Skip to comments.The Great Crew Change: 'Honey, How Are We Going to Train All These Kids?'
Posted on 10/10/2011 8:18:27 AM PDT by thackney
The petroleum industry is amid a tremendous wave of hiring that's occurring in response to the gradual retirement of the so-called "baby boom" generation, which was spawned in the wake of World War II.
Much of the hiring focuses on the very youngboth blue collar labor and newly minted petroleum geoscience and engineering grads. Another important trend is on the re-training of mid-career professionals into more labor-tight technical and management positions.
The American Petroleum Institute says that it has no statistics on how much hiring is directed toward the young and middle-aged, but other statistics are compelling on how badly replacements are needed for aging "baby boomers."
For instance, by 2012, the peak (mode) age of petroleum engineers and geoscientists will be 60, versus only 45 in 2000, according to Pete Stark, VP of Industry Relations at IHS, a company focusing on energy, economics and geopolitical risk.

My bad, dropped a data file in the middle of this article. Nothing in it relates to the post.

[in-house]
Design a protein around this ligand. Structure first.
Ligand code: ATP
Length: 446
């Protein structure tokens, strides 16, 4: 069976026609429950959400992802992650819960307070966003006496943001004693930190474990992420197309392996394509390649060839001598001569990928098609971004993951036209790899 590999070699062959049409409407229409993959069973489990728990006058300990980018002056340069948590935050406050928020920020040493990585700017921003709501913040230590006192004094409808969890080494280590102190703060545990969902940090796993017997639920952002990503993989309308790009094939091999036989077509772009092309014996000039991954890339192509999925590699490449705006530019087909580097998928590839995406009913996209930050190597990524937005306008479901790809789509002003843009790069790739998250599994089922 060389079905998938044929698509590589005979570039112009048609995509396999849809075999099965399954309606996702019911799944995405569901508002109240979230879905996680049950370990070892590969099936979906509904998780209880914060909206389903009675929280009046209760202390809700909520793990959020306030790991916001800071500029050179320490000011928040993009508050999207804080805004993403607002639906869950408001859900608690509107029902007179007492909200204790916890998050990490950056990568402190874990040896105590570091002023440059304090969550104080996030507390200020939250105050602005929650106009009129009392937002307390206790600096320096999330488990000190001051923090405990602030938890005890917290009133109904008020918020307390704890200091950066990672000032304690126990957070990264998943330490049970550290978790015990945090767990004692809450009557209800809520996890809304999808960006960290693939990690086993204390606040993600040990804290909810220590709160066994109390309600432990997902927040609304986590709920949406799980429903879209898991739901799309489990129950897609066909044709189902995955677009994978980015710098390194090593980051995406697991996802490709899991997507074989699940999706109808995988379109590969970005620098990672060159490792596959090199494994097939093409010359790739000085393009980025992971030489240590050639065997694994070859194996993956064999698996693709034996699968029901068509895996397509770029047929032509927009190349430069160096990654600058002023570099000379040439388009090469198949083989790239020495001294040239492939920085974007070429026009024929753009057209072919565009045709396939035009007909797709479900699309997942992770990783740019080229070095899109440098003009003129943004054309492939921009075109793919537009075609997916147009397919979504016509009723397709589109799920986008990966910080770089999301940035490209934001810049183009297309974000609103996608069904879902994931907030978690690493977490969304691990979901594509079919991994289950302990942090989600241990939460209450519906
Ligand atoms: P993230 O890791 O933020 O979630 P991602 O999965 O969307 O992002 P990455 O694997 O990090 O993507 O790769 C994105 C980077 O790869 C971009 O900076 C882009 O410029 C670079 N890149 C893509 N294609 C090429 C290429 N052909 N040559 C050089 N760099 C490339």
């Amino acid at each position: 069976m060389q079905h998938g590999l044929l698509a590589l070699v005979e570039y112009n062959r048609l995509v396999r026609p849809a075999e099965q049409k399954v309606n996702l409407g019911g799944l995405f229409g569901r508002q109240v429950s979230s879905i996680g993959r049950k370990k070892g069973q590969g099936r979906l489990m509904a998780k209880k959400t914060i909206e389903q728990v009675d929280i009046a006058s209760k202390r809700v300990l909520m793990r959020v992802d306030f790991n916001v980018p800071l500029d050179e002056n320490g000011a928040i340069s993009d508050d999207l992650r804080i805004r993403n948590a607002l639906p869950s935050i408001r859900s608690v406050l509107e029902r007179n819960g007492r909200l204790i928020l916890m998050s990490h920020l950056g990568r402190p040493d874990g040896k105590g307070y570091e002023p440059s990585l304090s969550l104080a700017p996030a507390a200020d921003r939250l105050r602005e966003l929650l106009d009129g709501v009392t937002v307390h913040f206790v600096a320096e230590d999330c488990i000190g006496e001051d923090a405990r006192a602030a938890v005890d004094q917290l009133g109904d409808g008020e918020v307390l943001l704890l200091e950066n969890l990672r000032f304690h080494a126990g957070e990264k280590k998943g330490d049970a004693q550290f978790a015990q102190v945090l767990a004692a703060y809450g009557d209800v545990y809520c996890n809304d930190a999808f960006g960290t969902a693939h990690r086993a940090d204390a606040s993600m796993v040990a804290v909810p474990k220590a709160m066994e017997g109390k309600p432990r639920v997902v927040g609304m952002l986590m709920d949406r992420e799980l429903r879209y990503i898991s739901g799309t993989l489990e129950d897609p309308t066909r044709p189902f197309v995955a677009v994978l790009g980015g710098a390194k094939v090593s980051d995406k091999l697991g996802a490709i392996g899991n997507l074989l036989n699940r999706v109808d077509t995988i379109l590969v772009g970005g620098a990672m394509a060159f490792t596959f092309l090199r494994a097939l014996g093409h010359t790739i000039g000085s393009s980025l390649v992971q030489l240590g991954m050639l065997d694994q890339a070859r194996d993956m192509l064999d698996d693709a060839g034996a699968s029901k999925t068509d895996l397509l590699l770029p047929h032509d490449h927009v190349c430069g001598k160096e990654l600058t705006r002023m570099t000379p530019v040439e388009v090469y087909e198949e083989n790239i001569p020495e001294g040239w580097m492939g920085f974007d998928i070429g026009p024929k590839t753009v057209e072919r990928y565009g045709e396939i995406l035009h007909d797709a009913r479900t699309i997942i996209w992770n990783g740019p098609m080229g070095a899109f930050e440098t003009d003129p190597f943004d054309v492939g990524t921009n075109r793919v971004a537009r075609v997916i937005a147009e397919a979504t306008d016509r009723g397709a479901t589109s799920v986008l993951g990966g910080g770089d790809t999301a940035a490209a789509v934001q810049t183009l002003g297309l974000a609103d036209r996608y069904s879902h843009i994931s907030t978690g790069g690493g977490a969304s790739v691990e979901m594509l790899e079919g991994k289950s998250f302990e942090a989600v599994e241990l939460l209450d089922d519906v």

In a survey of technical oil company professionals age 55 and over by the recruiting firm Working Smart, the average intended retirement age was found to be 65, with only 23 percent seeking to work beyond retirement age.
Meanwhile, within a few years, the majority of new technical professionals in the oil and gas industry will have less than five years of experience, increasing the chances of serious, costly mistakes and accidents, according to J. Ford Brett, managing director of PetroSkills, a petroleum training company.